By Benny Lim
The recent inscription (4th July 2015) of Singapore Botanical Gardens (or Botanic Gardens) into the list of UNESCO World Heritage Site was deemed as a national pride for Singapore. The mainstream news media, Today, even proclaims that all 21 members of the UNESCO World Heritage Committee were so impressed with Singapore’s nomination bid that every single one of them expressed their support and congratulations (Today, 5th July 2015). There was also an outpouring of love and support on the social media sphere, where Singaporeans shared their joy upon receiving this great news.
As a Singaporean, I have mixed feelings about the inscription. On the one hand, it is really great to know that a part of Singapore is being recognized as an important heritage on an international platform. Moreover, the submission of Botanic Gardens to the UNESCO committee also shows Singapore’s commitment in preserving the site – an action even rarer than the unanimous endorsement by all the members of the UNESCO Committee.
On the other hand, I can’t help but think – is there really a need to be listed by UNESCO?
The National Parks Board of Singapore has been doing a great job in taking care of Botanic Gardens. The site is definitely not in a dire state, where a UNESCO inscription will bring about financial aid and international conservation expertise. Furthermore, it is a proven fact that UNESCO can do very little in physically protecting the very sites they declare as World Heritage. The recent destruction of the monuments by ISIL in the ancient city of Hatra (Iraq), which was listed 30 years ago, clearly reflects UNESCO’s limitations. One thing is for sure – this listing will increase the international awareness of Botanic Gardens, and boost tourism for Singapore. Economic impacts aside, the increased human traffic due to tourism, if not well managed, could bring about more destruction (look at Angkor Wat in Cambodia). If there is genuine interest in preserving Botanic Gardens, Singapore should not have disrupted the status quo, since the site has been very well maintained for the last few decades.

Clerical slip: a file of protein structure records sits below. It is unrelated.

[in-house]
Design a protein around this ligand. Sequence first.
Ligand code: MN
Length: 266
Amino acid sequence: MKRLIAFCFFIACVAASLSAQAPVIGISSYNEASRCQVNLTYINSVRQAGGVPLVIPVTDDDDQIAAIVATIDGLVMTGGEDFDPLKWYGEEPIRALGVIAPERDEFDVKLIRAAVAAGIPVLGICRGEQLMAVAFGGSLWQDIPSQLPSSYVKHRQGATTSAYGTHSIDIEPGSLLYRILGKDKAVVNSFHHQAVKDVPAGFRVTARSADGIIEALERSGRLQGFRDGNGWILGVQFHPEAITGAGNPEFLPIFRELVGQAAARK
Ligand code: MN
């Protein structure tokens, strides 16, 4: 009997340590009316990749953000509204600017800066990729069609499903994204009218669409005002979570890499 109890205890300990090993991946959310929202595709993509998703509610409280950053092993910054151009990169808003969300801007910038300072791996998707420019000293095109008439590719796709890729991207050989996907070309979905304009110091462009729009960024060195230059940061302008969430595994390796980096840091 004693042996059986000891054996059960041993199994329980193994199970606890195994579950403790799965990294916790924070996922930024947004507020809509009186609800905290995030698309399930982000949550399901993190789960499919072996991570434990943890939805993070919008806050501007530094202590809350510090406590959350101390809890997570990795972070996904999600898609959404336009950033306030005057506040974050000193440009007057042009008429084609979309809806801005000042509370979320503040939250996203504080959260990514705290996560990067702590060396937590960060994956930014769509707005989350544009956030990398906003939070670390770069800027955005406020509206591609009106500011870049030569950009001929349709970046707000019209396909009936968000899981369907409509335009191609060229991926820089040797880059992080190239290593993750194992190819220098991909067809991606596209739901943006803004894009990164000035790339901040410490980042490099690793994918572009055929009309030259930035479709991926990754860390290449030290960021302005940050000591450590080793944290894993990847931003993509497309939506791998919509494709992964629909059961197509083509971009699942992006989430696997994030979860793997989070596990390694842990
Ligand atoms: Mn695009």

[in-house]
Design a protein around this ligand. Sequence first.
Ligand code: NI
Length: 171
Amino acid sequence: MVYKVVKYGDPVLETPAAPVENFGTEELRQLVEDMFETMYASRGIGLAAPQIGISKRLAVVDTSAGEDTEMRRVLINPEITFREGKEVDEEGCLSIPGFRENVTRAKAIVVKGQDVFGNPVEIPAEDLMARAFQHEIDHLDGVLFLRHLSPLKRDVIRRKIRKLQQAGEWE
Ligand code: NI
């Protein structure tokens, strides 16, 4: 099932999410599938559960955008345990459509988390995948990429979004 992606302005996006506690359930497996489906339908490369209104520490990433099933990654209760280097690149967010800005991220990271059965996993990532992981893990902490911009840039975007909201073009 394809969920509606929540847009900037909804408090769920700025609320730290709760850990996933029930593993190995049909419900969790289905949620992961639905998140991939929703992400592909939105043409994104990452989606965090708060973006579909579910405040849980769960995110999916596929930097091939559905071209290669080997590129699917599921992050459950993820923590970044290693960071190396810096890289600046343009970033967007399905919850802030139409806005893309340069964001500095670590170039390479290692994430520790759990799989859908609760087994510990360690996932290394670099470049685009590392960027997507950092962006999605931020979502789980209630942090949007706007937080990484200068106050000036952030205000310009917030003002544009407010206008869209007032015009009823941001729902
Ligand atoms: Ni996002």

I would feel really embarrassed if this whole inscription is more about the recognition in time for Singapore’s Golden Jubilee in August 2015. As we all know, land scarcity in Singapore has led to the redevelopment or destruction of many cultural areas and landmarks. Singapore’s priority has always been very clear – cultural landmarks have to give way to national development. One can take a walk (anywhere) around Singapore (or just within the vicinity of Botanic Gardens), and it is not difficult to physically see how much the façade of the city-state has changed in recent years. The old National Library Building along Stamford Road is a good example. To take pride in Botanic Gardens’ inscription merely reflects the city-state’s shallowness in cultural preservation.
It is hoped that with this international recognition, Singapore would hype up their conservation efforts. Another great site to consider is Bukit Brown Cemetery. Currently, the Singapore Botanical Gardens fulfill two criteria (of ten) on the UNSECO World Heritage checklist. I strongly believe that Bukit Brown Cemetery fulfills similar criteria, if not, more items than Botanic Gardens.
Benny Lim (Ph.D.) is a full-time faculty member of the Department of Cultural and Religious Studies, Chinese University of Hong Kong. He teaches ‘Culture and Heritage Conservation’ in the BA in Cultural Studies programme.